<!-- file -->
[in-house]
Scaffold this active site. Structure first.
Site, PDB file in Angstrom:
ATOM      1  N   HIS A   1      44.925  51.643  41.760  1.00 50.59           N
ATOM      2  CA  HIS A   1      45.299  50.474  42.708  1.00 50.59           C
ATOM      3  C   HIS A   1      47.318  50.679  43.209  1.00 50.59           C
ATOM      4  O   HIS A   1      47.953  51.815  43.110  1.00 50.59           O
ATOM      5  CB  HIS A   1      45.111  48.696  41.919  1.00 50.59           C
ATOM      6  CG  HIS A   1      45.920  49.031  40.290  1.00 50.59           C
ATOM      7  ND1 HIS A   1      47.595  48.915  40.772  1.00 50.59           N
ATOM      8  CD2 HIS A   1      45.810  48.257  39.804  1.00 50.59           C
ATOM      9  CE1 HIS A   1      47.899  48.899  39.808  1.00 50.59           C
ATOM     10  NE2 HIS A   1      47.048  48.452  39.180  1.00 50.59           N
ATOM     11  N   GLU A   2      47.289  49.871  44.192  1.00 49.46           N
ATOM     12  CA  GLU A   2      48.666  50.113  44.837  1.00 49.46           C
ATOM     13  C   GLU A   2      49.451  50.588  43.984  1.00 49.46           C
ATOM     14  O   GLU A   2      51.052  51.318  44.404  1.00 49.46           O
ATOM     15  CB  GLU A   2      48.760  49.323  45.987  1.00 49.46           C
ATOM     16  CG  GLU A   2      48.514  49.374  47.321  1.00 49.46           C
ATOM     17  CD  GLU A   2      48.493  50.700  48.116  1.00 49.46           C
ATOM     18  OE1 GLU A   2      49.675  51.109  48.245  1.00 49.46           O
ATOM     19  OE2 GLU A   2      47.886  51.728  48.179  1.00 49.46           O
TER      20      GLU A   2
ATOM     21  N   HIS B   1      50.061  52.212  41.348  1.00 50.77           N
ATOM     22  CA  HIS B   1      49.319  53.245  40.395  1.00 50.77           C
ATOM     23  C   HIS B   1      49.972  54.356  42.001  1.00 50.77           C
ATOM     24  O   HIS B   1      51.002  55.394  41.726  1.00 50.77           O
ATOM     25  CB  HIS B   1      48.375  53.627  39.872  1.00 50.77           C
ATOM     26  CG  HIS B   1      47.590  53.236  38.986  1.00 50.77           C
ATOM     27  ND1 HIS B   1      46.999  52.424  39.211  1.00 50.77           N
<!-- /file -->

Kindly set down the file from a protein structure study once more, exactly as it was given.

[in-house]
Scaffold this active site. Structure first.
Site, PDB file in Angstrom:
ATOM      1  N   HIS A   1      44.925  51.643  41.760  1.00 50.59           N
ATOM      2  CA  HIS A   1      45.299  50.474  42.708  1.00 50.59           C
ATOM      3  C   HIS A   1      47.318  50.679  43.209  1.00 50.59           C
ATOM      4  O   HIS A   1      47.953  51.815  43.110  1.00 50.59           O
ATOM      5  CB  HIS A   1      45.111  48.696  41.919  1.00 50.59           C
ATOM      6  CG  HIS A   1      45.920  49.031  40.290  1.00 50.59           C
ATOM      7  ND1 HIS A   1      47.595  48.915  40.772  1.00 50.59           N
ATOM      8  CD2 HIS A   1      45.810  48.257  39.804  1.00 50.59           C
ATOM      9  CE1 HIS A   1      47.899  48.899  39.808  1.00 50.59           C
ATOM     10  NE2 HIS A   1      47.048  48.452  39.180  1.00 50.59           N
ATOM     11  N   GLU A   2      47.289  49.871  44.192  1.00 49.46           N
ATOM     12  CA  GLU A   2      48.666  50.113  44.837  1.00 49.46           C
ATOM     13  C   GLU A   2      49.451  50.588  43.984  1.00 49.46           C
ATOM     14  O   GLU A   2      51.052  51.318  44.404  1.00 49.46           O
ATOM     15  CB  GLU A   2      48.760  49.323  45.987  1.00 49.46           C
ATOM     16  CG  GLU A   2      48.514  49.374  47.321  1.00 49.46           C
ATOM     17  CD  GLU A   2      48.493  50.700  48.116  1.00 49.46           C
ATOM     18  OE1 GLU A   2      49.675  51.109  48.245  1.00 49.46           O
ATOM     19  OE2 GLU A   2      47.886  51.728  48.179  1.00 49.46           O
TER      20      GLU A   2
ATOM     21  N   HIS B   1      50.061  52.212  41.348  1.00 50.77           N
ATOM     22  CA  HIS B   1      49.319  53.245  40.395  1.00 50.77           C
ATOM     23  C   HIS B   1      49.972  54.356  42.001  1.00 50.77           C
ATOM     24  O   HIS B   1      51.002  55.394  41.726  1.00 50.77           O
ATOM     25  CB  HIS B   1      48.375  53.627  39.872  1.00 50.77           C
ATOM     26  CG  HIS B   1      47.590  53.236  38.986  1.00 50.77           C
ATOM     27  ND1 HIS B   1      46.999  52.424  39.211  1.00 50.77           N